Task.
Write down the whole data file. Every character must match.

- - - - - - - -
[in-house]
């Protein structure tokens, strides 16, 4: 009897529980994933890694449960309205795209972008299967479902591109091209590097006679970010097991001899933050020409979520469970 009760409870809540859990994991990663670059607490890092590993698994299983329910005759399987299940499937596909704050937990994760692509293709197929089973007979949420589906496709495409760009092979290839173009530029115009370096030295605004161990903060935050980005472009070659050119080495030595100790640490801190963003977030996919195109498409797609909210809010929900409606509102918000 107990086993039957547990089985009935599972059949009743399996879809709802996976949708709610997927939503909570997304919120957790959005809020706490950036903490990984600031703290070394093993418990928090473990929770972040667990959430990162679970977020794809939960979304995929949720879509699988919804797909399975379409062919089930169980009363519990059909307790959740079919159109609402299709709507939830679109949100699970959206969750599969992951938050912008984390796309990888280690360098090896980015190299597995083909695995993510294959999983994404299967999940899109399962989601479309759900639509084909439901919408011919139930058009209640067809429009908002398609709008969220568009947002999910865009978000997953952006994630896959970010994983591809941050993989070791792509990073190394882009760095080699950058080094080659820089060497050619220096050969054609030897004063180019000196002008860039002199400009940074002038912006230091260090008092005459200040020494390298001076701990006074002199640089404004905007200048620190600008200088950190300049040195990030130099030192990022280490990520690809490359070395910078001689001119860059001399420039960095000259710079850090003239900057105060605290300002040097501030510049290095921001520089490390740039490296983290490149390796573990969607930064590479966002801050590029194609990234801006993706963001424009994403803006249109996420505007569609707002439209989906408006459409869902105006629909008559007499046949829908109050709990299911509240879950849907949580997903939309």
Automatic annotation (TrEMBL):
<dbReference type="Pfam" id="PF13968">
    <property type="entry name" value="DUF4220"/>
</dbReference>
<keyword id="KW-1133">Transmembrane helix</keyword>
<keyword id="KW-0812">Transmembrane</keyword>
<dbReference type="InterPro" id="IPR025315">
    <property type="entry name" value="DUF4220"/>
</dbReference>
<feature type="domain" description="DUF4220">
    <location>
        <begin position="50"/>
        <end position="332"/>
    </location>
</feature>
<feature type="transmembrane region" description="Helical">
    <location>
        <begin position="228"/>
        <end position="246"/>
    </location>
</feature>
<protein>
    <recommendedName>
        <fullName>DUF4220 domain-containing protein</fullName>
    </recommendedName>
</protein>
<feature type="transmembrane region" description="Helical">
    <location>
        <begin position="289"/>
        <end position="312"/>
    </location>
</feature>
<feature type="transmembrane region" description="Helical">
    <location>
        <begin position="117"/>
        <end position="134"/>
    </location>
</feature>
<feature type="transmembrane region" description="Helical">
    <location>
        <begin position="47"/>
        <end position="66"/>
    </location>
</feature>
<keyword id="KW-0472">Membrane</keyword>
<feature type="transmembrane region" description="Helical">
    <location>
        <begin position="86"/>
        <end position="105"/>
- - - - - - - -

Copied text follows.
[in-house]
């Protein structure tokens, strides 16, 4: 009897529980994933890694449960309205795209972008299967479902591109091209590097006679970010097991001899933050020409979520469970 009760409870809540859990994991990663670059607490890092590993698994299983329910005759399987299940499937596909704050937990994760692509293709197929089973007979949420589906496709495409760009092979290839173009530029115009370096030295605004161990903060935050980005472009070659050119080495030595100790640490801190963003977030996919195109498409797609909210809010929900409606509102918000 107990086993039957547990089985009935599972059949009743399996879809709802996976949708709610997927939503909570997304919120957790959005809020706490950036903490990984600031703290070394093993418990928090473990929770972040667990959430990162679970977020794809939960979304995929949720879509699988919804797909399975379409062919089930169980009363519990059909307790959740079919159109609402299709709507939830679109949100699970959206969750599969992951938050912008984390796309990888280690360098090896980015190299597995083909695995993510294959999983994404299967999940899109399962989601479309759900639509084909439901919408011919139930058009209640067809429009908002398609709008969220568009947002999910865009978000997953952006994630896959970010994983591809941050993989070791792509990073190394882009760095080699950058080094080659820089060497050619220096050969054609030897004063180019000196002008860039002199400009940074002038912006230091260090008092005459200040020494390298001076701990006074002199640089404004905007200048620190600008200088950190300049040195990030130099030192990022280490990520690809490359070395910078001689001119860059001399420039960095000259710079850090003239900057105060605290300002040097501030510049290095921001520089490390740039490296983290490149390796573990969607930064590479966002801050590029194609990234801006993706963001424009994403803006249109996420505007569609707002439209989906408006459409869902105006629909008559007499046949829908109050709990299911509240879950849907949580997903939309």
Automatic annotation (TrEMBL):
<dbReference type="Pfam" id="PF13968">
    <property type="entry name" value="DUF4220"/>
</dbReference>
<keyword id="KW-1133">Transmembrane helix</keyword>
<keyword id="KW-0812">Transmembrane</keyword>
<dbReference type="InterPro" id="IPR025315">
    <property type="entry name" value="DUF4220"/>
</dbReference>
<feature type="domain" description="DUF4220">
    <location>
        <begin position="50"/>
        <end position="332"/>
    </location>
</feature>
<feature type="transmembrane region" description="Helical">
    <location>
        <begin position="228"/>
        <end position="246"/>
    </location>
</feature>
<protein>
    <recommendedName>
        <fullName>DUF4220 domain-containing protein</fullName>
    </recommendedName>
</protein>
<feature type="transmembrane region" description="Helical">
    <location>
        <begin position="289"/>
        <end position="312"/>
    </location>
</feature>
<feature type="transmembrane region" description="Helical">
    <location>
        <begin position="117"/>
        <end position="134"/>
    </location>
</feature>
<feature type="transmembrane region" description="Helical">
    <location>
        <begin position="47"/>
        <end position="66"/>
    </location>
</feature>
<keyword id="KW-0472">Membrane</keyword>
<feature type="transmembrane region" description="Helical">
    <location>
        <begin position="86"/>
        <end position="105"/>